Furthermore, Gates exemplifies the technomoral virtue of empathy–which Vallor defines as a “cultivated openness to being morally moved to caring action by the emotions of other members of our technosocial world” (2016, p. 133). For example, he realized that his fine education has enabled him to have the career and life he has had. This was one of the motives for him to improve educational opportunities in the US.

Moreover, it can be argued that Gates embodies the technomoral virtue of magnanimity–which, according to Vallor refers to moral ambition and moral leadership (2016, p. 152). Interestingly, Gates not only donates his own wealth (which he refers to as “give back”); he encourages other billionaires to also donate their wealth–which can be recognized as moral leadership.


Possibly, you find that Bill Gates embodies other virtues as well. Or you may have other ideas about the virtues discussed above. Please post them below or contact me at: marc.steen-at-tno.nl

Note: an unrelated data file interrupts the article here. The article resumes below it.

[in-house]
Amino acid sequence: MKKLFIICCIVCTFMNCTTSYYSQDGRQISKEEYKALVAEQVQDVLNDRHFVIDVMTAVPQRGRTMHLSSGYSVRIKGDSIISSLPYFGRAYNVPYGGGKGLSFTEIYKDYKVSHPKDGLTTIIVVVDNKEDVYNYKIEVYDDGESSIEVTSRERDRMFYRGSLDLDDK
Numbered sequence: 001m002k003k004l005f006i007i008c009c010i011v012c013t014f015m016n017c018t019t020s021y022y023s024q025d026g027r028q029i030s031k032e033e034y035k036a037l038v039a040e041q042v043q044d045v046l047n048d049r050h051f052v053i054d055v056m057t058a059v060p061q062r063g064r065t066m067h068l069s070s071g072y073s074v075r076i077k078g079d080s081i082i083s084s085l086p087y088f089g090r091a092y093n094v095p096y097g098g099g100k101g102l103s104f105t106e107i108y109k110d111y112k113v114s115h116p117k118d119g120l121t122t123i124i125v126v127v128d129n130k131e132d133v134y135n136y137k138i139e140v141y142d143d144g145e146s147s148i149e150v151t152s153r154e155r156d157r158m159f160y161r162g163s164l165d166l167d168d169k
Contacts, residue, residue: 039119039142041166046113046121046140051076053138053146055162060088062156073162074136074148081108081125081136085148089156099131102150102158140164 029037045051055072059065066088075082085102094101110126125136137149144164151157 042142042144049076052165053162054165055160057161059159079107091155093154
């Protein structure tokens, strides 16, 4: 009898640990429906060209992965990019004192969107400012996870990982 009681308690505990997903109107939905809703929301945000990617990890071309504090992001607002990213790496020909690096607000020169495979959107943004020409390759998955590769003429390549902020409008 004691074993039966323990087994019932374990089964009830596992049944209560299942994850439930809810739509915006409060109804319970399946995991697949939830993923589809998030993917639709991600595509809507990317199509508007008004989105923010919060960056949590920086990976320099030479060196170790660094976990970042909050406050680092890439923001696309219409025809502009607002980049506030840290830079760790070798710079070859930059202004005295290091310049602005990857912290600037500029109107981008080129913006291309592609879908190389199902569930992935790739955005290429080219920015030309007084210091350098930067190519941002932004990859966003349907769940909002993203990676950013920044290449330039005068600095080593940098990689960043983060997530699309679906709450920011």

Safiya Umoja Noble and the virtues of justice and perspective

Inspired by Shannon Vallor’s book “Technology and the virtues: A philosophical guide to a future worth wanting“, in which she discusses a range of technomoral virtues that we need to cultivate in order to flourish (2016, p. 118-155), I am writing a series of portraits of exemplars–people who embody these virtues.

From: safiyanoble.com

Safiya Umoja Noble embodies the technomoral virtues of justice and perspective.

Noble works as an assistant professor at Annenberg School of Communication of the University of Southern California. “She is a partner in Stratelligence, a firm that specializes in research on information and data science challenges, and is a co-founder of the Information Ethics & Equity Institute, which provides training for organizations committed to transforming their information management practices toward more just, ethical, and equitable outcomes.”

She is known for her book “Algorithms of Oppression“, in which she discusses various types of discrimination that happen in search services like Google. See the auto-complete function on the book’s front cover (below).

One day in the fall of 2010, she searched for interesting things for her stepdaughter and nieces, using the keywords “black girls”, only to find HotBlackPussy.com as the first hit. “Hit indeed” (Noble, 2018, p.3). This motivated her to embark on an extensive study of the ways in which algorithms “reinforce oppressive social relationships and enact new modes of racial profiling” (p.1).